Flaky and Delicious : Homemade Paratha Recipe/ Kothu Roti

Flaky and Delicious: Homemade Paratha Recipe/ Kothu Roti

Introduction

Plain Paratha

Paratha is a popular type of flatbread that originated in the Indian subcontinent and is commonly enjoyed as a breakfast or a main course. It is known for its flaky and layered texture, making it a versatile and delicious option for various meals.

Parathas are made from whole wheat flour, water, and a pinch of salt, although there are numerous variations with added ingredients like ghee (clarified butter), yogurt, or spices to enhance the flavor. The dough is kneaded until soft and smooth, then rolled out into thin circles.

One of the distinguishing features of Paratha is the process of layering and folding. After rolling out the dough, it is brushed with ghee or oil and folded in a specific manner, creating layers. This folding technique contributes to the flaky texture of the Paratha when cooked. Paratha can be cooked in different ways. The most common method is on a tawa (griddle) or a skillet.

Parathas come in various flavors and fillings, offerings a wide range of options. Some popular types include:

  • Plain Paratha: The classic version without any additional fillings or flavors. It is typically enjoyed with curries, yogurt, pickles, or chutneys.
  • Aloo Paratha: This variant is stuffed with a spiced mashed potato filling. Aloo Paratha is a favorite breakfast option and is often served with yogurt or a side of pickle.
  • Gobi Paratha: It features a filling made with grated or finely chopped cauliflower, mixed with spices like cummin, turmeric, and chili powder.
  • Paneer Paratha: Paneer (Indian cottage cheese) is mixed with spices and herbs, then used as a filling for the Paratha. It is a popular choice among vegetarians.
  • Methi Paratha: Methi (fenugreek) leaves are chopped and incorporated into the dough or used as a filling. These parathas have a distinct flavor and are often enjoyed with yogurt or a dollop of butter.
Parathas can be served as a standalone dish or paired with various accompaniments such as curries, yogurt, pickles, or even a cup of chai. Chai means Indian tea. They are enjoyed across different regions of the Indian subcontinent and have also gained popularity worldwide of their taste versatility.

In this blog post, we explain how to create Plain Paratha which is help to make foods like Kottu.

Ingredients

  • Wheat flour
  • Salt
  • Water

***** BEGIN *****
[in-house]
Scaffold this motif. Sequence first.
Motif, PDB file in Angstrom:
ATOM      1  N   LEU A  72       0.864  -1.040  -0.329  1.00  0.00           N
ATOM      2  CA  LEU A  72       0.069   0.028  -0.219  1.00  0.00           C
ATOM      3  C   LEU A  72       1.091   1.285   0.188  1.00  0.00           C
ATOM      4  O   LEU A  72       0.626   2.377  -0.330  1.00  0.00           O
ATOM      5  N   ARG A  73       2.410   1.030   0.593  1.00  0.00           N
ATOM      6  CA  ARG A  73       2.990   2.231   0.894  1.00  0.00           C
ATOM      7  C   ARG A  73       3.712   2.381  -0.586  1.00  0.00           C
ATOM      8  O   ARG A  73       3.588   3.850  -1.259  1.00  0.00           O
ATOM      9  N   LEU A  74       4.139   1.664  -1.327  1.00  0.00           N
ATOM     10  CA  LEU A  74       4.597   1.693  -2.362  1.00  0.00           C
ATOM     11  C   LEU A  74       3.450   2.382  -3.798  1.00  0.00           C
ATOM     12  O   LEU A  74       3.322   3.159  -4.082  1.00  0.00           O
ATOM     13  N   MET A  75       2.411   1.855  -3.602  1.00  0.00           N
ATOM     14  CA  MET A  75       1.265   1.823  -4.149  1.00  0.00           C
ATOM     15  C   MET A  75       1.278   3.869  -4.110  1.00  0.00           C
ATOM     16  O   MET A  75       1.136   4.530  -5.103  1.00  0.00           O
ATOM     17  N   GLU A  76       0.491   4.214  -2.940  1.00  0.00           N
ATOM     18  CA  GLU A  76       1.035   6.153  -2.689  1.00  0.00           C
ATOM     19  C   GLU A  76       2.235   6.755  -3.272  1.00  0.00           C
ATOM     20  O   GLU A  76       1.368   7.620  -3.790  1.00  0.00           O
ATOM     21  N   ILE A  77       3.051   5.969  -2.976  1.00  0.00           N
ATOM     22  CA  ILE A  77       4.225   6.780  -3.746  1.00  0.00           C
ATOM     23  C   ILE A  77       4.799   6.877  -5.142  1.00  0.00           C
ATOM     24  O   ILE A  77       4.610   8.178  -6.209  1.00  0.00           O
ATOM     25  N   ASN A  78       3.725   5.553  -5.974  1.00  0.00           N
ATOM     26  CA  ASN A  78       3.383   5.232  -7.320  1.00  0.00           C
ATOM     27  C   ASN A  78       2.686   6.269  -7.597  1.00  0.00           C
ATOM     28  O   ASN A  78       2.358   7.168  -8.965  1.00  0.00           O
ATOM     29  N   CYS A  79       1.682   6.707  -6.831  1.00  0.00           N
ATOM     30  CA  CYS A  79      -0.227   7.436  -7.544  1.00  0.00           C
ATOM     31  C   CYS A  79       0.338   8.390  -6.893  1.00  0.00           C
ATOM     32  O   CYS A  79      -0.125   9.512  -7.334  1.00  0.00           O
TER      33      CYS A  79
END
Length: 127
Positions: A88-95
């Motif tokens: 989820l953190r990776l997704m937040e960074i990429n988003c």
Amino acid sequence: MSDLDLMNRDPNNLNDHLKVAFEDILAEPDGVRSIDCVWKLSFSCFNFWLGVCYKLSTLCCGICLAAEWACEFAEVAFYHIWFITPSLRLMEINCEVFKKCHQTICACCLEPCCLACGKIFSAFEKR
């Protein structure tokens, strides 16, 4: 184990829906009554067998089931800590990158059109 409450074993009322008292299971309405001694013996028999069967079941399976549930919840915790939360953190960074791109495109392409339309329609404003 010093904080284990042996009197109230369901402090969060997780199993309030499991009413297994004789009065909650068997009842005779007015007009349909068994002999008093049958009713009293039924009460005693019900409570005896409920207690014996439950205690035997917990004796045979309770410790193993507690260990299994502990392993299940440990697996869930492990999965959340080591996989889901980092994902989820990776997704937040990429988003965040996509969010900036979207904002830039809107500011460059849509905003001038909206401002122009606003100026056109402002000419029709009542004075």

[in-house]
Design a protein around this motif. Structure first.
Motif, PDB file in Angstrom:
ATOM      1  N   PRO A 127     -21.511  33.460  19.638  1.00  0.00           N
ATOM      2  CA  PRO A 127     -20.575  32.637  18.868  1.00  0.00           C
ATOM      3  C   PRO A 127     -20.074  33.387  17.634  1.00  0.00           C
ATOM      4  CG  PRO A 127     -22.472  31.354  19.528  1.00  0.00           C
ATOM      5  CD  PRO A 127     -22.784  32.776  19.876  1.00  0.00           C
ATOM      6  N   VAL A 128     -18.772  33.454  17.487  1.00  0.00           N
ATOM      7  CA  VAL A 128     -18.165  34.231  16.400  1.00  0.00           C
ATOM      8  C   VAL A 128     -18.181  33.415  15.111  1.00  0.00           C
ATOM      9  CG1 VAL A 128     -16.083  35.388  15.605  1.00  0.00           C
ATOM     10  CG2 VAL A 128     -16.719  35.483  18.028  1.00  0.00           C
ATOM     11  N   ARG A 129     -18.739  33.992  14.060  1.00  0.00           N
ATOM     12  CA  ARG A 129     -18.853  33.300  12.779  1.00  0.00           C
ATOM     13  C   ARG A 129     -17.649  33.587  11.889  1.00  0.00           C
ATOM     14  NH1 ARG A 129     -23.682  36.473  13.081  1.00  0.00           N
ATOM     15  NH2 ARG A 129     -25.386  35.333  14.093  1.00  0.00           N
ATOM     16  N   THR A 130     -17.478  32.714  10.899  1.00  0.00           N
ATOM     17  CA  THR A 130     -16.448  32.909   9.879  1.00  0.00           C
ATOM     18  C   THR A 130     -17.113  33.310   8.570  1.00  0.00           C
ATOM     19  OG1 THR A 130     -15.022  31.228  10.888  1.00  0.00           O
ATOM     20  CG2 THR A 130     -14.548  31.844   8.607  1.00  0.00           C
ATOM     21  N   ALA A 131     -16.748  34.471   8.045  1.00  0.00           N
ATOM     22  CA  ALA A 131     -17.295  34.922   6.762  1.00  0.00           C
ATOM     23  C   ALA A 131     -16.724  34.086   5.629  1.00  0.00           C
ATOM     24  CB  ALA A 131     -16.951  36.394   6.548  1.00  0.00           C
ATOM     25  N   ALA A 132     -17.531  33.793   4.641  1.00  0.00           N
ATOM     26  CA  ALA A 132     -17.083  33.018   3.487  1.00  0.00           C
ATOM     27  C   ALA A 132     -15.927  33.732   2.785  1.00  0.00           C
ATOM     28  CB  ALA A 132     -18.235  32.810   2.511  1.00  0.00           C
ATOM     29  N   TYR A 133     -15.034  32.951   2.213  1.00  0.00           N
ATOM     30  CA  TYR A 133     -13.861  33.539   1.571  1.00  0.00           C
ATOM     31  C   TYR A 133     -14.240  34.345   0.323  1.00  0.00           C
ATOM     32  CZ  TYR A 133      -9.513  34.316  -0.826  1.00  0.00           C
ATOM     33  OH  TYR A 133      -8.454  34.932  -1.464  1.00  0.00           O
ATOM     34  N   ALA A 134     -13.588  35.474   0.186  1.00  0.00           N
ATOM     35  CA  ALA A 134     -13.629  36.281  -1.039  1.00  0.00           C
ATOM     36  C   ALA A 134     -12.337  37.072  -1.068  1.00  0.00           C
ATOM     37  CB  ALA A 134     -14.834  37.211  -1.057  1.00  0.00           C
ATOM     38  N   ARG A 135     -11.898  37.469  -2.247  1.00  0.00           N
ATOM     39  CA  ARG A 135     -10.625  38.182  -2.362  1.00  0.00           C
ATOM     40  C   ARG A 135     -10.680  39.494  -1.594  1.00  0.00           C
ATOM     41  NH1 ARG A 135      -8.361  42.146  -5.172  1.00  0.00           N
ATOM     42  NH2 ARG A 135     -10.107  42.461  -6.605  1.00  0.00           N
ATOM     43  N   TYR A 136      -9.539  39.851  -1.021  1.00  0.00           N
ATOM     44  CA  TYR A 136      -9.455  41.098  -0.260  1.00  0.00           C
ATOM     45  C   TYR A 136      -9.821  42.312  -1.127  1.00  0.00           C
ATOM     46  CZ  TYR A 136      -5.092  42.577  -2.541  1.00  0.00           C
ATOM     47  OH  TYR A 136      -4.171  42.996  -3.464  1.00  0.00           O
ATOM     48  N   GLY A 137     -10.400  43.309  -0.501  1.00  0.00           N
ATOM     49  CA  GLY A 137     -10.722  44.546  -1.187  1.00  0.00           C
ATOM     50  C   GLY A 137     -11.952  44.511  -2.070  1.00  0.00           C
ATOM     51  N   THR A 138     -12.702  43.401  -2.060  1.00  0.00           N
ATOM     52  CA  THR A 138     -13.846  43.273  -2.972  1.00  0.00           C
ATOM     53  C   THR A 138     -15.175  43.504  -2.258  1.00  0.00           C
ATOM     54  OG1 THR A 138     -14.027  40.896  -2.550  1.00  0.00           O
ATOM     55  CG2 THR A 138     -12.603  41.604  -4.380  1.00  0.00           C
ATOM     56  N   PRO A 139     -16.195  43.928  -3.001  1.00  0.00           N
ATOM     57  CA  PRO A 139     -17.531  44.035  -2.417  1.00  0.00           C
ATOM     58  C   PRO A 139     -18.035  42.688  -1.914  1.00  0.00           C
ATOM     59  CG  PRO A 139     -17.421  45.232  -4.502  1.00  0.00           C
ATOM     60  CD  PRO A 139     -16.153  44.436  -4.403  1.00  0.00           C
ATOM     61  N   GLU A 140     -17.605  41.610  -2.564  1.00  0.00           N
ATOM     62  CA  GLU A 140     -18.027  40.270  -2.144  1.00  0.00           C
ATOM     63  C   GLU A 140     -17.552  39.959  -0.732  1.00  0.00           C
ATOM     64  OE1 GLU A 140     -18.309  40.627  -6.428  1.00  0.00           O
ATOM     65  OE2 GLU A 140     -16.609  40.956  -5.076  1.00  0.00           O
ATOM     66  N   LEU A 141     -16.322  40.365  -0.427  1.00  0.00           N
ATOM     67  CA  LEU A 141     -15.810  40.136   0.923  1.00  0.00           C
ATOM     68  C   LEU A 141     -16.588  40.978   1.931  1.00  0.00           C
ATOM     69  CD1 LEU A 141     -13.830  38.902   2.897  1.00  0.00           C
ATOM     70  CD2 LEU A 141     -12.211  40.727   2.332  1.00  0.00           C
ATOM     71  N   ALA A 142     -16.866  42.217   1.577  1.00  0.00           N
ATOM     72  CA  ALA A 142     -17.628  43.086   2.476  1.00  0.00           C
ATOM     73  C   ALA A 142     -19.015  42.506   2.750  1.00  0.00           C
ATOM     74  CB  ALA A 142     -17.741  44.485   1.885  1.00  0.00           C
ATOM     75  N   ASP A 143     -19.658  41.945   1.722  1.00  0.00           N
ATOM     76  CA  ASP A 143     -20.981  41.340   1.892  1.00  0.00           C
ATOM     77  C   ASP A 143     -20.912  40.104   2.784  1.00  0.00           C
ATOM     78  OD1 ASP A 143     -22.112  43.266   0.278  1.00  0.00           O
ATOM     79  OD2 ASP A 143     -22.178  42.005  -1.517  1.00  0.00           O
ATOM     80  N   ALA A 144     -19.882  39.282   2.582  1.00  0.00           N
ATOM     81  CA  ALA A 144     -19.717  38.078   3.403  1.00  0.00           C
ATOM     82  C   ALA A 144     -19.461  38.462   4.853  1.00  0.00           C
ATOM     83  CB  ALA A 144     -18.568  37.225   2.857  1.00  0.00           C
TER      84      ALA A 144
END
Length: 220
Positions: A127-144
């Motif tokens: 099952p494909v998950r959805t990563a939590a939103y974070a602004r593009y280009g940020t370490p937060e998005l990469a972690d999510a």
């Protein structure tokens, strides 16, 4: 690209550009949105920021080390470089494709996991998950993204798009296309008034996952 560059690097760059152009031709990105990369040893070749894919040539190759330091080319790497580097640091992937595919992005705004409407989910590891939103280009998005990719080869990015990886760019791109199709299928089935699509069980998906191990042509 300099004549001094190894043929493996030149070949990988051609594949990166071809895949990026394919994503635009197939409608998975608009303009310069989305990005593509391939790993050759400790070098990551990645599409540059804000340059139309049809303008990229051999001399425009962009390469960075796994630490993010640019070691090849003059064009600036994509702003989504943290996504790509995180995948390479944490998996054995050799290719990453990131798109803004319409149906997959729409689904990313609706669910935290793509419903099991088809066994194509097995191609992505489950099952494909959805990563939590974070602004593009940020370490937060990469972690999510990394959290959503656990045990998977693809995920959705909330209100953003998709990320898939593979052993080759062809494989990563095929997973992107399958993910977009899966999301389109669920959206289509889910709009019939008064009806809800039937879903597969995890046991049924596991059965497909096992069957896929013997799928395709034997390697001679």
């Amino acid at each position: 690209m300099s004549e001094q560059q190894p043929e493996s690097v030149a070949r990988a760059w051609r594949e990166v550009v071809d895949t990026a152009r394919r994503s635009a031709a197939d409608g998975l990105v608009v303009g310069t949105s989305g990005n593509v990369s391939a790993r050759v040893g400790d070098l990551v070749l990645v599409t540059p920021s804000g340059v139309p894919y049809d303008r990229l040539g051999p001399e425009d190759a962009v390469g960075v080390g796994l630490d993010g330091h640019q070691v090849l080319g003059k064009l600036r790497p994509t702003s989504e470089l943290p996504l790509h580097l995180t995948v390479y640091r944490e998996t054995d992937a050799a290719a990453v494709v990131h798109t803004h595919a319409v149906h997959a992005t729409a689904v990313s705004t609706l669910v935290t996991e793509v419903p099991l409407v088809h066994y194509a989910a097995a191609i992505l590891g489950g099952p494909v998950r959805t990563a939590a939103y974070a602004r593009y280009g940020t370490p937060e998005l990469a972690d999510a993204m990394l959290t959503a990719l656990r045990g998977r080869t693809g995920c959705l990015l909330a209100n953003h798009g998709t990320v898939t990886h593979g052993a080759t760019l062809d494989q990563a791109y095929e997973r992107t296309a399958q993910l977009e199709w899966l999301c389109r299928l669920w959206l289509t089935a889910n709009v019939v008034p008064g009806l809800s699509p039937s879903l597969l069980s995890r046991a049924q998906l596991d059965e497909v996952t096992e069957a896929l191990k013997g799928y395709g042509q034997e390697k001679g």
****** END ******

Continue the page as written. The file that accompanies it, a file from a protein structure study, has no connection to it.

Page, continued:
• Ghee (clarified butter) or oil, for cooking) or oil 

Measurements

  • 2 whole cups wheat flour
  • 1 teaspoon salt 
  • Water, as you needed
  • Ghee or oil for cooking

Instructions

1. Prepare the Dough

  • In a mixing bowl, combine the whole wheat flour and salt. Mix well.
  • Gradually add water to the flour mixture while kneading it to form a soft and pliable dough. The amount of water needed may vary, so add it gradually until the dough comes together. Knead for a few minutes until the dough is smooth.

2. Cover the Dough

  • Once the dough is ready, cover it with a damp cloth or plastic wrap and let it rest for about 15-20 minutes. This resting time helps the gluten relax and makes the dough easier to work with.

3. Divided into Balls

  • After the resting time, divide the dough into small, equal-sized balls (about the size of a golf ball). You can adjust the quantity based on how many Parathas you want to make.
  • Take one dough ball and roll it into a small circle using a rolling pin. Brush the surface with ghee or oil.

4. Fold the rolled Dough

  • Fold the circle in half to form a semi-circle. Brush the surface with ghee or oil again.
  • Fold it once more to form a triangular shape. Now you have a layered triangle with ghee or oil brushed between the layers.
  • Roll out the triangular Paratha gently into a larger circle or oval shape. Dust with flour if needed to prevent sticking.

5. Cook the Plain Paratha

  • Heat a tawa (griddle) or a flat skillet over medium heat. Place the rolled-out Paratha on the heated surface.
  • Cook for about a minute or until you see small bubbles forming on the surface. Flip the Paratha and cook the other side
  • Apply ghee or oil on both sides while cooking to ensure a browning and crispy texture. Press the edges gently with a spatula to help the Parata puff up.
  • Once cooked, remove the Paratha from the tawa and place it on a plate. Repeat the process with the remaining dough balls.

6. Serve the Plain Paratha

  • Serve the Parathas hot with your choice of accompaniments such as curries, yogurts, and pickles, or enjoy them as a standalone snack.

Enjoy your homemade Parathas! Feel free to experiment with different fillings or spices to create variations such as Aloo Paratha or Methi Paratha.

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